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Crews work in the area of the derailed tanker cars in Lac-Mégantic on July 14, 2013. The train derailment and subsequent fires and explosions destroyed much of the downtown area of the picturesque Quebec town.Peter Power/The Globe and Mail

The railway whose train crashed in Lac-Mégantic last month had its insurance coverage approved by a federal agency earlier this year.

Montreal, Maine & Atlantic filed for creditor protection in Canada and the United States on Wednesday, saying it is unable to deal with growing environmental cleanup bills and other claims related to the disastrous derailment.

Court documents filed by the company show that its insurance policy covers it for third-party liabilities of up to $25-million.

Faced with a cleanup bill the company estimates will exceed $200-million, as well as additional lawsuits from those affected by the crash, court documents make it clear that the insurance policy will scarcely begin to cover the fallout from the derailment.

In a quarterly report in the first week of August, MM&A's insurance company revealed that the average short-line railroad in North America holds $32-million in insurance.

Insurer XL Group has so far declined to pay for cleanup costs because it says it wants to prioritize victims' claims, leaving the province of Quebec to foot the bill.

An estimated 47 people were killed when an MM&A oil train jumped the tracks in the centre of Lac-Mégantic on July 6. One-third of the village was evacuated as downtown smouldered for several days.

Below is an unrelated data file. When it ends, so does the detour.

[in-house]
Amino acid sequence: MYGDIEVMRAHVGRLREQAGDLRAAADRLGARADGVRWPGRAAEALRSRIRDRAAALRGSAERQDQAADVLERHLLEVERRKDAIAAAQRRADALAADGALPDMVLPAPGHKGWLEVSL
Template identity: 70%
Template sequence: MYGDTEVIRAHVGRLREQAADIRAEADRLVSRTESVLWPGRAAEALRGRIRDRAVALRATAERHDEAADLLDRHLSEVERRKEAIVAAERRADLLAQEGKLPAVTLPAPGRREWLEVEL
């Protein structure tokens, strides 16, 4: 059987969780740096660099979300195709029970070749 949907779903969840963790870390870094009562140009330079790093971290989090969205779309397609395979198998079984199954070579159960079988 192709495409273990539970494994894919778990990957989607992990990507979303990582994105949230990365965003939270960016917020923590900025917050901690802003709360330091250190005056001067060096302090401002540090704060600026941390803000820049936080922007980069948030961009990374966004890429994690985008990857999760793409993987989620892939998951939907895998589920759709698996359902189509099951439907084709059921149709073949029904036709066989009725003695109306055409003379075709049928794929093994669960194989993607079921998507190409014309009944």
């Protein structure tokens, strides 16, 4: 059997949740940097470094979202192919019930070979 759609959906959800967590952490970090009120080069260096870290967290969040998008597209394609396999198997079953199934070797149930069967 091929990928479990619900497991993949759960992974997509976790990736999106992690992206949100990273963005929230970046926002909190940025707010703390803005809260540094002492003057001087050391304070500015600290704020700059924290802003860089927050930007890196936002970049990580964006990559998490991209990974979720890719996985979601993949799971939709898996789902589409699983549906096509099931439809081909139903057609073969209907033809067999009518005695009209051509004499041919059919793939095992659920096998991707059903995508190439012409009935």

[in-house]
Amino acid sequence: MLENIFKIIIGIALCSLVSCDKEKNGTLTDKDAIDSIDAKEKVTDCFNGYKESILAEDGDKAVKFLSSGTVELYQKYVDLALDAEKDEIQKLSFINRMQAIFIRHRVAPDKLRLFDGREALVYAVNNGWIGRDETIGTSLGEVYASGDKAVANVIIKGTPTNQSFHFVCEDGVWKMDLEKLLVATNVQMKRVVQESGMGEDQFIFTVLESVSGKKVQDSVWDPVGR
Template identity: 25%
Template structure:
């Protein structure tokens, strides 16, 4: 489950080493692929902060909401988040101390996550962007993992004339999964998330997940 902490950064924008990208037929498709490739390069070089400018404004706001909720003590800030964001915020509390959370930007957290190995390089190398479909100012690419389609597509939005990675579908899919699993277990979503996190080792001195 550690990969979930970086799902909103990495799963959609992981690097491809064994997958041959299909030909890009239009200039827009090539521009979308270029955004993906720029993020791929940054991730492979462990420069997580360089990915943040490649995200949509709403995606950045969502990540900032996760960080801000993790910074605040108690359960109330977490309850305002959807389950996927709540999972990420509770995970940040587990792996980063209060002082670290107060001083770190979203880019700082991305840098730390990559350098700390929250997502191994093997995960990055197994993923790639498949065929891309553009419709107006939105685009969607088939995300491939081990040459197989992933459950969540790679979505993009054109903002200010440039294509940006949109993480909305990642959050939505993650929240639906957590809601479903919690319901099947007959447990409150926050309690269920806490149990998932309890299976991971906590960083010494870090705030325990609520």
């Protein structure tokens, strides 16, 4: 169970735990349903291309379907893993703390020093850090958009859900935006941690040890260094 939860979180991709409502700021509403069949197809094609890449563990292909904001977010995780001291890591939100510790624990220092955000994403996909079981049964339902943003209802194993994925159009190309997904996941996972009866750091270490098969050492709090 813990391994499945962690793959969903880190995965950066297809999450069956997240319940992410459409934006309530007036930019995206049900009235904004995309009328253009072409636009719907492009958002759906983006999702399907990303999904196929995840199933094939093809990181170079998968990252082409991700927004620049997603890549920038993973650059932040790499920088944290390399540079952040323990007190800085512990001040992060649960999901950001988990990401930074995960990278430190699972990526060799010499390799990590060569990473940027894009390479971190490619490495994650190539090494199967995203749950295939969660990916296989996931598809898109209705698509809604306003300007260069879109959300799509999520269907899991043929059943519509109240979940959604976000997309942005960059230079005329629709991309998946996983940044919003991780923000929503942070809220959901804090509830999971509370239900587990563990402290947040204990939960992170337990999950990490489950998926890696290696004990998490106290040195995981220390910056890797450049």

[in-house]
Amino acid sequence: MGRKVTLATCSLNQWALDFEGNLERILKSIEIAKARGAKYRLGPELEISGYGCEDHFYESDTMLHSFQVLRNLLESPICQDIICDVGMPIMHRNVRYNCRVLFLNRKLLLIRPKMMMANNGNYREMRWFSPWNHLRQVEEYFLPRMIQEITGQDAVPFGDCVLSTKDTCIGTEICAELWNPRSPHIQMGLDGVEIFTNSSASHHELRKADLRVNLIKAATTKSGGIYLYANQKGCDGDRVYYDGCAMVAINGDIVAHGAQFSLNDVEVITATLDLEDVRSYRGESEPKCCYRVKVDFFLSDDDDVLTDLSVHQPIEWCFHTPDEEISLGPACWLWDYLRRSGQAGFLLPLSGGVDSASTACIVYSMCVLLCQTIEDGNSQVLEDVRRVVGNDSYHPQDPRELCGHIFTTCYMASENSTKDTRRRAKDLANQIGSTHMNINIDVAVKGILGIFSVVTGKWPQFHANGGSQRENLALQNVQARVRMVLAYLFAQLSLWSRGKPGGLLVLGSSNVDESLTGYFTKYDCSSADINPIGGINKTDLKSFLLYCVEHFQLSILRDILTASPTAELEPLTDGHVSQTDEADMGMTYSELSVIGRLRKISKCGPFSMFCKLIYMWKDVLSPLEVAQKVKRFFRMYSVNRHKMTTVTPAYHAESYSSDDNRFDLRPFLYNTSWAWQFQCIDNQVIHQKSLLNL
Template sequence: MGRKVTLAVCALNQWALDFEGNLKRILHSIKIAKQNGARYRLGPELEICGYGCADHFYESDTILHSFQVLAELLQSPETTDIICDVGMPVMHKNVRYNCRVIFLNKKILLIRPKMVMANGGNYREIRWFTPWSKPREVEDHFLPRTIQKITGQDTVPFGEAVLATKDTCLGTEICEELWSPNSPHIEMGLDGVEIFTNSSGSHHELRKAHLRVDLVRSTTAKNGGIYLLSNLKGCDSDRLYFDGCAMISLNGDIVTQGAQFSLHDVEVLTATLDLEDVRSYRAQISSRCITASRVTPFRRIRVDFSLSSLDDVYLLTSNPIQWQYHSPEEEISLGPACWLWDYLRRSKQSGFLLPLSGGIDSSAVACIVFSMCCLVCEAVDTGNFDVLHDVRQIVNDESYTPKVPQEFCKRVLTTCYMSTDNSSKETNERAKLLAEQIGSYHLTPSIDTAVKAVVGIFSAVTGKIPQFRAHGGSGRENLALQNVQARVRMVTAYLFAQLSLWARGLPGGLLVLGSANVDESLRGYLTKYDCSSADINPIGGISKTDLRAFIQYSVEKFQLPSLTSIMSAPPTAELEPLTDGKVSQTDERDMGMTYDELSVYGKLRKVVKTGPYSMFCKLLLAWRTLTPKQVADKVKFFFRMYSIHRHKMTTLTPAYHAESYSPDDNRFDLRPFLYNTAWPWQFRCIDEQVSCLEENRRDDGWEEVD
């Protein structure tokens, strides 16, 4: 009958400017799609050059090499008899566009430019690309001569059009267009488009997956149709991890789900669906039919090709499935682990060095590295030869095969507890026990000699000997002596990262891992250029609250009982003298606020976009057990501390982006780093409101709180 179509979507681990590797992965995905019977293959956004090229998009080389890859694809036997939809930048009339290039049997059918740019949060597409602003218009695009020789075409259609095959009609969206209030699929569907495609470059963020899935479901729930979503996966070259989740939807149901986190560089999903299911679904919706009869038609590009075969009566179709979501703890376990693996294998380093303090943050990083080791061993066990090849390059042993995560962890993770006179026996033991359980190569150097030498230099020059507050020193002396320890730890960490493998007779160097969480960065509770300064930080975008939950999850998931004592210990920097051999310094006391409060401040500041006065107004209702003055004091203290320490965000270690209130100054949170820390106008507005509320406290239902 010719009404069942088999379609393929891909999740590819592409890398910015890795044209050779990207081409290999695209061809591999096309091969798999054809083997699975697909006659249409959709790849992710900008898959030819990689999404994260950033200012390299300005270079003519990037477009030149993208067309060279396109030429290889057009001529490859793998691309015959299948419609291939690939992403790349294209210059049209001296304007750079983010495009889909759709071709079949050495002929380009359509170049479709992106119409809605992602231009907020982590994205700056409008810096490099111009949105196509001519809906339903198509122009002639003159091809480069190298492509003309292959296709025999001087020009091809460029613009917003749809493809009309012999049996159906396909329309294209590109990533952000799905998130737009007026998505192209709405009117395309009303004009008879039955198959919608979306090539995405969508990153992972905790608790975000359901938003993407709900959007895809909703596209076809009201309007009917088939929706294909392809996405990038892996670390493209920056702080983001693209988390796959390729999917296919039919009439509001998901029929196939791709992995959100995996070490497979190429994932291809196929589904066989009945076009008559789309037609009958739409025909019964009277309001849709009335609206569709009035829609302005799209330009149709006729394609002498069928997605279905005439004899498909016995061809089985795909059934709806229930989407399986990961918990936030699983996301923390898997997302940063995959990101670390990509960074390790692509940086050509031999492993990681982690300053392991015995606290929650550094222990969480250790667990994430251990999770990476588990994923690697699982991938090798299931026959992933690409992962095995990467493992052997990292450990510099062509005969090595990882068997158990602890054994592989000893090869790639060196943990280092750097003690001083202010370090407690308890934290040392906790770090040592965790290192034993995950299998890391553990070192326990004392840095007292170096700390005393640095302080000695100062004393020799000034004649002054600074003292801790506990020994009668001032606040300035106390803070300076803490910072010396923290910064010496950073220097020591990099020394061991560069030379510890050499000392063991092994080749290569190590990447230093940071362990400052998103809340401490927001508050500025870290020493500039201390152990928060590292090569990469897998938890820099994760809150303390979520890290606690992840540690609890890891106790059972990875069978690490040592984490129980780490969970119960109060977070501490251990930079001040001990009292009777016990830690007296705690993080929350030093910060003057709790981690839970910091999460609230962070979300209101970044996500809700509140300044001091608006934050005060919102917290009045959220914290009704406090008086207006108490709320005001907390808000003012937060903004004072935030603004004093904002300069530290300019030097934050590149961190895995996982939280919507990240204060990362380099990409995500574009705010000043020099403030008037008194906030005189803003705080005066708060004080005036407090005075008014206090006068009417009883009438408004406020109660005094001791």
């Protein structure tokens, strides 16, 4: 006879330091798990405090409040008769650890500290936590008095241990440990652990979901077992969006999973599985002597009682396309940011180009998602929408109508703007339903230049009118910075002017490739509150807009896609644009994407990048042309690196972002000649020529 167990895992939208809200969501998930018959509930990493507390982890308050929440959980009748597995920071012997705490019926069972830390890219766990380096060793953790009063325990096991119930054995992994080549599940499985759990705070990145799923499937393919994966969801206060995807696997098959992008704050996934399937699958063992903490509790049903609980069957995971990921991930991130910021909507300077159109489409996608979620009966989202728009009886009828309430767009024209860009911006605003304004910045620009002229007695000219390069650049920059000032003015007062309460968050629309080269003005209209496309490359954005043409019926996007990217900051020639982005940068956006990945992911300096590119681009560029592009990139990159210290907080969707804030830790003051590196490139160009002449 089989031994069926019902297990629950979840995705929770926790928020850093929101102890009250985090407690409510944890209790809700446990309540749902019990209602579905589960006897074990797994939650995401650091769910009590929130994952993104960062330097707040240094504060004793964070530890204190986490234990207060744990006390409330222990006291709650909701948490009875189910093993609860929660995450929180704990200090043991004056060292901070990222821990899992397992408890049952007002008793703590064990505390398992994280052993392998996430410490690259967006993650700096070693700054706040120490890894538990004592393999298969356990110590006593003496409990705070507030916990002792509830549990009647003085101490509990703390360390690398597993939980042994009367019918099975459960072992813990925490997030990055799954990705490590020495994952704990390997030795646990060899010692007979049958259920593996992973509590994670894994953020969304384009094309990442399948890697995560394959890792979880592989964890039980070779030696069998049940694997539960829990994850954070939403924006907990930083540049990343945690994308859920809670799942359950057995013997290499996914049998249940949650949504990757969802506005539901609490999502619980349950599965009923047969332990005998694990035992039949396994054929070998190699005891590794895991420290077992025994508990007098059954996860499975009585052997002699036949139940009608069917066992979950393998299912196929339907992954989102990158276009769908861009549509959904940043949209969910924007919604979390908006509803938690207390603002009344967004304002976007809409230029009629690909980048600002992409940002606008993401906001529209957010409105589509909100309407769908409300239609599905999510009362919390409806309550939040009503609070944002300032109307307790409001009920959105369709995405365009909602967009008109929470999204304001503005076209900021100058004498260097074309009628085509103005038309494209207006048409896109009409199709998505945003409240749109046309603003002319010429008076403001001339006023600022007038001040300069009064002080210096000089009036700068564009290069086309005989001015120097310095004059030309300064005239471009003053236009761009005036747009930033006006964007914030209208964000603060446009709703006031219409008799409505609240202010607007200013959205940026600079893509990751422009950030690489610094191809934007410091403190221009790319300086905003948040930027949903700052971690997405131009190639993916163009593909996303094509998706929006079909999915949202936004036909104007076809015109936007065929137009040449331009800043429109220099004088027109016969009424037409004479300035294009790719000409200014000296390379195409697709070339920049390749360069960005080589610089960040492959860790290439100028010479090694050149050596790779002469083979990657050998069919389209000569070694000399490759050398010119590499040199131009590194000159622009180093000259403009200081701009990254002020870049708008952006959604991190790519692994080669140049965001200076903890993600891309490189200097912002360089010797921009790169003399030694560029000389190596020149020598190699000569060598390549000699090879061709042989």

MM&A's insurance coverage was approved by the federal Canadian Transportation Agency when MM&A first began to operate in Canada in 2002. The company has provided the CTA with certificates of insurance every following year, including in 2013.

The CTA is an independent, quasi-judicial tribunal and economic regulator for the transportation industry that is governed by federal legislation. It determines railway costs, approves railway construction and handles rail-related complaints.

The agency issued a certificate of fitness for MM&A in 2002 that allowed the company to begin operations in Canada. The certificate indicated that the agency was satisfied the company had adequate third-party liability insurance for its operations, a spokeswoman said.

Jacqueline Bannister said this week that the CTA was aware of MM&A's decision to file for creditor protection. She said the agency is currently looking at the adequacy of MM&A's insurance coverage for its continuing operations.

MM&A indicated in its creditor protection filing that it wants to continue operations while the courts determine what its creditors will receive.

"The Agency may suspend or cancel [MM&A's] certificate of fitness if it determines that the railway's insurance coverage is no longer adequate," Ms. Bannister wrote in an e-mail.